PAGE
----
## iop360 3 years ago isolate y for the following equation:

1. iop360

$x= -14e ^{2-y} + y^3 + 7y + 6$

2. ByteMe

i don't think there is an elementary method to do that.

3. iop360

hmm the original equation asks to find the inverse function of $-14e ^{2-x} + x^3 + 7x + 6$

4. iop360

which means swapping y for x and solving for y

5. iop360

and then find the equation of the line perpendicular to this inverse function at x = 14

6. ByteMe

correct... but isolating the y after you reversed it is very difficult. i guess all you could do here is give the function implicitly.

7. ByteMe

can you give the original problem? looks like you need to take derivative implicitly here.

8. iop360

differentiate both sides of the equation, find y' maybe

9. iop360

ok

10. iop360

let $f(x) = -14e ^{2-x} + x^3 + 7x + 6$ find an equation of the normal line to the graph of f-1(x) at the point on the graph where x=14

11. iop360

normal line btw, means the line w/ a negative reciprocal

12. iop360

aka perpendicular. And the answer to this is y = -33x+464

13. ByteMe

do you know how the derivatives (slopes) of inverse functions are related?

14. iop360

maybe could you state it?

15. iop360

i get $\frac{ dy }{ dx } = \frac{ 1 }{ 14e ^{2-y} + 3y^2 + 7 }$

16. iop360

my prof gave a hint saying we had to find a value for x that would make the $e ^{2-x}$ part equal to 0. dont know if that helps tho

17. hartnn

no, need to find the inverse function, u need to find y when x=14 lets say y=2 so u get $$f^{-1}(14)=2$$ then (14,2) is on the graph of x = f-1(y). The slope of that function at that point is what you are looking for.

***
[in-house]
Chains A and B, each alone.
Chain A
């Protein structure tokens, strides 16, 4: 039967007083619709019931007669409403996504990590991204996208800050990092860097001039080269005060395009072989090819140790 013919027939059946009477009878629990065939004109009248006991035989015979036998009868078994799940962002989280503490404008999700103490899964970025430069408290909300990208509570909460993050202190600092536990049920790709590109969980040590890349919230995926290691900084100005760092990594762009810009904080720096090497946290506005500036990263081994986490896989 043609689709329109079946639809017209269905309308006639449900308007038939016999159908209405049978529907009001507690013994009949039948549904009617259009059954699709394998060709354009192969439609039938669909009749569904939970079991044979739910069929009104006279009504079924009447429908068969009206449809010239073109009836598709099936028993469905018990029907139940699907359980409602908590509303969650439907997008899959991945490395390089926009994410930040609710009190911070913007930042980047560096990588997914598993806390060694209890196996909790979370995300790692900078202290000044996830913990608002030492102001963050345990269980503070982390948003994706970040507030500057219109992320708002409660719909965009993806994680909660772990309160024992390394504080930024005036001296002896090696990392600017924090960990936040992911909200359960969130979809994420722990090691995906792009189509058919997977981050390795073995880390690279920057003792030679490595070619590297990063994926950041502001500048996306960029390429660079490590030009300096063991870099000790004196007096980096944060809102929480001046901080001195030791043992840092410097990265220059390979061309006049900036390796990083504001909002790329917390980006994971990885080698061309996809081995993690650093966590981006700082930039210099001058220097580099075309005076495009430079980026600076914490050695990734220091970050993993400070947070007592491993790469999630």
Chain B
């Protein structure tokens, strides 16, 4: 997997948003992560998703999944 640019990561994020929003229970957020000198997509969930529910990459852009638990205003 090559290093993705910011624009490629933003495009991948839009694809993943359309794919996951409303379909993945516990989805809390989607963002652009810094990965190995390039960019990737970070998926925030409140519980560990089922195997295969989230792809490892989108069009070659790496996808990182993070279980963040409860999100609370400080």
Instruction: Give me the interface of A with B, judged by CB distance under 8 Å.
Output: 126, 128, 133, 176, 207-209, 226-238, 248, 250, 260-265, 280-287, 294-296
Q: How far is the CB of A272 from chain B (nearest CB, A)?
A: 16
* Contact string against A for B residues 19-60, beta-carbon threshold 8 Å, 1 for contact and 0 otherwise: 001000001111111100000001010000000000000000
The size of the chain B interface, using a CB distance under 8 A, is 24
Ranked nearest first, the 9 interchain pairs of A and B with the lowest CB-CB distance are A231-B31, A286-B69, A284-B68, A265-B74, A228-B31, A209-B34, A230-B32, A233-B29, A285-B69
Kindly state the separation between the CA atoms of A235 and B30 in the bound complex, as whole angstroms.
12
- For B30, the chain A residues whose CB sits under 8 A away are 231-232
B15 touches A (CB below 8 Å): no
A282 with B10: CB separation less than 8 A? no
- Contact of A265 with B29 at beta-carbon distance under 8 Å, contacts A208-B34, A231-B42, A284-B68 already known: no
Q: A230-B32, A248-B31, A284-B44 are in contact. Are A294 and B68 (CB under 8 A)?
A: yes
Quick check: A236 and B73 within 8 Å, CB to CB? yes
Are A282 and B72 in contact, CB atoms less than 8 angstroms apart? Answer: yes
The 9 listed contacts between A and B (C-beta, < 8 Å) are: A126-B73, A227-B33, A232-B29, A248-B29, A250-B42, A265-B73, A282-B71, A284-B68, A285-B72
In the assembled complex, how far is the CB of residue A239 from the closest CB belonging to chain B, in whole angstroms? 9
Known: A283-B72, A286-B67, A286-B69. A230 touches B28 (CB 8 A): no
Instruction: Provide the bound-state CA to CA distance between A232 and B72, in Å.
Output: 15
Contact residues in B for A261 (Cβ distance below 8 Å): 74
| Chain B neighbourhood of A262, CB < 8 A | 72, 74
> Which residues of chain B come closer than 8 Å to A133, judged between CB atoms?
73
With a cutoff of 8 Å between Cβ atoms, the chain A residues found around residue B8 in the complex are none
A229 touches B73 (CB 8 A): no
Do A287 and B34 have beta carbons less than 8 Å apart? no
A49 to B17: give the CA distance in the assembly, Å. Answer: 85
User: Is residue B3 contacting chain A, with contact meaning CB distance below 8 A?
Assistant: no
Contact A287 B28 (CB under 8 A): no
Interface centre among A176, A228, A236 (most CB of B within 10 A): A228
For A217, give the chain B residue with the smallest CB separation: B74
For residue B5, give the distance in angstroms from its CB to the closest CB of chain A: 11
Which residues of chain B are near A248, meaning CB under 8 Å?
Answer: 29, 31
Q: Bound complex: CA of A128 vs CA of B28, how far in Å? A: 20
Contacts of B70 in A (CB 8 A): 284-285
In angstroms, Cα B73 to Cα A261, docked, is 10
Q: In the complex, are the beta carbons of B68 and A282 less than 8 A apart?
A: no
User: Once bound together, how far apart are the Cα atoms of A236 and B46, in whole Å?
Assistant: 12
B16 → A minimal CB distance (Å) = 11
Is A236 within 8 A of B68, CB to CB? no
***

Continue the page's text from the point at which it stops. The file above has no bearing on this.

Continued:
18. iop360

how do we find$f ^{-1}(14)$

19. ByteMe

since f(2)=14, then f-1(14)=2

20. iop360

oh right

21. iop360

wasnt 2 just used as a hypothetical

22. hartnn

yeah, thats a challenge $$14 = -14e ^{2-x} + x^3 + 7x + 6$$ solve for x to get x=2 is not easy

23. hartnn

i found it by trial and error method

24. iop360

oh ok

25. hartnn

the 1st thing i thought is to eliminate e, by putting x=2 and voila!

26. iop360

oh i see

27. hartnn

so now u have a point, the derivative,can u find the slope of line....and then the equation?

28. iop360

yes that makes it way easier

29. iop360

thanks to both of you

30. hartnn

*point and derivative of inverse function....

31. hartnn

welcome ^_^

32. ByteMe

yw... also remember you're not looking for the tangent but the normal line

33. hartnn

i got this because i have seen a similar question here, http://www.physicsforums.com/showthread.php?t=397539

34. iop360

i see